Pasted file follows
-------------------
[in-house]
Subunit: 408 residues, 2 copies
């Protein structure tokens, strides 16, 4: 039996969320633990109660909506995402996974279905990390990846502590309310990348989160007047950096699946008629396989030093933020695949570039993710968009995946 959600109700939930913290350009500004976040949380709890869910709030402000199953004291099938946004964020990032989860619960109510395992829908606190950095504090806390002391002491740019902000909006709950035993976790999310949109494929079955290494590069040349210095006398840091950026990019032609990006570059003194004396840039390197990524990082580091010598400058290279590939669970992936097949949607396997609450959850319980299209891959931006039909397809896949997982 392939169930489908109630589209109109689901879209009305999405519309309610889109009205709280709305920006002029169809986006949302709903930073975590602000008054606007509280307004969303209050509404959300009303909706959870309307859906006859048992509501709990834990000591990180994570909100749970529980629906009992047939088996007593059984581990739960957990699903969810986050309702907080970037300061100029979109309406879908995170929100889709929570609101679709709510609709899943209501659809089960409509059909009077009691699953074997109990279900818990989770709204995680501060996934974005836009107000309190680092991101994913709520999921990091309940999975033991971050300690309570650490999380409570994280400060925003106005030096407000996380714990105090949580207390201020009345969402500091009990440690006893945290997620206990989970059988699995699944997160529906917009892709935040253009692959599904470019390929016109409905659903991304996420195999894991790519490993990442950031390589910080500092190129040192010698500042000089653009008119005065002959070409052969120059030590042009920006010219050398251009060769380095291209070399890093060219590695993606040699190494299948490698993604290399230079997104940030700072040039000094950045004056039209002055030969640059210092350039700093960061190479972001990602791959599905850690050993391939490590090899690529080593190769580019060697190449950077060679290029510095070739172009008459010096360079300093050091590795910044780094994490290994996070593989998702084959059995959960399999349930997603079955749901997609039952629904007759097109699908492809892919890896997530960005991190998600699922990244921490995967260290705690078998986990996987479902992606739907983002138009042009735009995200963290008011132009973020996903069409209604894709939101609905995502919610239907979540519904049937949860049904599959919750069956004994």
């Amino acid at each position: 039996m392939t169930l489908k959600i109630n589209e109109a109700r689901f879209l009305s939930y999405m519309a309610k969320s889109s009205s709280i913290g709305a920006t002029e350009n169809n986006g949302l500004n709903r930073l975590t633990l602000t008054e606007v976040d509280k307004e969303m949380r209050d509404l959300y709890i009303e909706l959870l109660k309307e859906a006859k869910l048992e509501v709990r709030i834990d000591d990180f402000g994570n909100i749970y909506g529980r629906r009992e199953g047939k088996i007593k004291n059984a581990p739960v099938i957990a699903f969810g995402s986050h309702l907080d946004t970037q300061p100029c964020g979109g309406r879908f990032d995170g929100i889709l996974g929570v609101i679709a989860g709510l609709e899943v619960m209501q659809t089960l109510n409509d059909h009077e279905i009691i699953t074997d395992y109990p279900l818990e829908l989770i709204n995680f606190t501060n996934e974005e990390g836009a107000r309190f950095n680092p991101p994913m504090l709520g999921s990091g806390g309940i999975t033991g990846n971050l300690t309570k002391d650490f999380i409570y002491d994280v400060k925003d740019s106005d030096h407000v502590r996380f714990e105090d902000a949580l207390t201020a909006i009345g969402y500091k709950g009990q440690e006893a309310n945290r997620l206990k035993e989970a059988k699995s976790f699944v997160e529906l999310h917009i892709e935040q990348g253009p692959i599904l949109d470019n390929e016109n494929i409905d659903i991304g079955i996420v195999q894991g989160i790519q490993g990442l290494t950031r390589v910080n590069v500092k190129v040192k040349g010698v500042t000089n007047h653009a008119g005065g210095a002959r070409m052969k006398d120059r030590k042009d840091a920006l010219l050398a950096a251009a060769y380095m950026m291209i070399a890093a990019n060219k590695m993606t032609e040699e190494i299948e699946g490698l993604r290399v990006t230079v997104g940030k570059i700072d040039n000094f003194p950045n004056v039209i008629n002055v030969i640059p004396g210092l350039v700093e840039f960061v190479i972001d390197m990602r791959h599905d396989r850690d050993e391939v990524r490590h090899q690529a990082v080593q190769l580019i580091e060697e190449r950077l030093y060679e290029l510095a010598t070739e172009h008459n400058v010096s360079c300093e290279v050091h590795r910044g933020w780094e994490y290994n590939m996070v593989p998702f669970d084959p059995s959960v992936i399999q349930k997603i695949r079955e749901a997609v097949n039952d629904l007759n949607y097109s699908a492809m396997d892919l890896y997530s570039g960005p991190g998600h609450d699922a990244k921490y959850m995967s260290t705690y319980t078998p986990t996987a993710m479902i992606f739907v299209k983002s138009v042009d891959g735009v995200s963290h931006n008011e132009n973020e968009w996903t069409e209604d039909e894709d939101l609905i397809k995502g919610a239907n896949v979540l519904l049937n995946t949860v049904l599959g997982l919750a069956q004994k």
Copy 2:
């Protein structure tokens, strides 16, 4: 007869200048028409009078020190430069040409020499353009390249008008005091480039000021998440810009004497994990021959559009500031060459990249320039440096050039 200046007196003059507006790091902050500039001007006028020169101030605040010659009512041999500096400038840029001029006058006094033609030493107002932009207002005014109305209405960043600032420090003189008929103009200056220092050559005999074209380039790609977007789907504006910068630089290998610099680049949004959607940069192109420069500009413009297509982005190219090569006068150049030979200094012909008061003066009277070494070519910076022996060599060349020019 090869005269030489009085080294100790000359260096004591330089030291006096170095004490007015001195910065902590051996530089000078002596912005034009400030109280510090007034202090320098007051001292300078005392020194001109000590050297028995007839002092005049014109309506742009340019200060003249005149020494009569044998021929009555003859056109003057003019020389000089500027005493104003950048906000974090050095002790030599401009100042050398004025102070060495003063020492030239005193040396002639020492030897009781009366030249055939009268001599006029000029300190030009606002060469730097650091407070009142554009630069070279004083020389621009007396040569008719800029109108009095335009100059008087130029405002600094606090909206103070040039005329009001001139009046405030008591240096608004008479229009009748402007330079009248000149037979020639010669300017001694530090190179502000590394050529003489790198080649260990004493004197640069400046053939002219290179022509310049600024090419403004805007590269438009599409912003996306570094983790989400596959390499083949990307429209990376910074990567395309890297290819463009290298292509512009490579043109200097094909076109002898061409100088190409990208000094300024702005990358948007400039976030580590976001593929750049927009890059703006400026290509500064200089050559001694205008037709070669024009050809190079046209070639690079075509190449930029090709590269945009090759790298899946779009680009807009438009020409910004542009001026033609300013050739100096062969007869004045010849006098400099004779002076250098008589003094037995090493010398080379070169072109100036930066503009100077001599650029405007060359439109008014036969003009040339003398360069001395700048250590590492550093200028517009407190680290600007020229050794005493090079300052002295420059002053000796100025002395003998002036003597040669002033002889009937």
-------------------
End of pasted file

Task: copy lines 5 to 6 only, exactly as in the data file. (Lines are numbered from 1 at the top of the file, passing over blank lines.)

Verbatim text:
Copy 2:
């Protein structure tokens, strides 16, 4: 007869200048028409009078020190430069040409020499353009390249008008005091480039000021998440810009004497994990021959559009500031060459990249320039440096050039 200046007196003059507006790091902050500039001007006028020169101030605040010659009512041999500096400038840029001029006058006094033609030493107002932009207002005014109305209405960043600032420090003189008929103009200056220092050559005999074209380039790609977007789907504006910068630089290998610099680049949004959607940069192109420069500009413009297509982005190219090569006068150049030979200094012909008061003066009277070494070519910076022996060599060349020019 090869005269030489009085080294100790000359260096004591330089030291006096170095004490007015001195910065902590051996530089000078002596912005034009400030109280510090007034202090320098007051001292300078005392020194001109000590050297028995007839002092005049014109309506742009340019200060003249005149020494009569044998021929009555003859056109003057003019020389000089500027005493104003950048906000974090050095002790030599401009100042050398004025102070060495003063020492030239005193040396002639020492030897009781009366030249055939009268001599006029000029300190030009606002060469730097650091407070009142554009630069070279004083020389621009007396040569008719800029109108009095335009100059008087130029405002600094606090909206103070040039005329009001001139009046405030008591240096608004008479229009009748402007330079009248000149037979020639010669300017001694530090190179502000590394050529003489790198080649260990004493004197640069400046053939002219290179022509310049600024090419403004805007590269438009599409912003996306570094983790989400596959390499083949990307429209990376910074990567395309890297290819463009290298292509512009490579043109200097094909076109002898061409100088190409990208000094300024702005990358948007400039976030580590976001593929750049927009890059703006400026290509500064200089050559001694205008037709070669024009050809190079046209070639690079075509190449930029090709590269945009090759790298899946779009680009807009438009020409910004542009001026033609300013050739100096062969007869004045010849006098400099004779002076250098008589003094037995090493010398080379070169072109100036930066503009100077001599650029405007060359439109008014036969003009040339003398360069001395700048250590590492550093200028517009407190680290600007020229050794005493090079300052002295420059002053000796100025002395003998002036003597040669002033002889009937």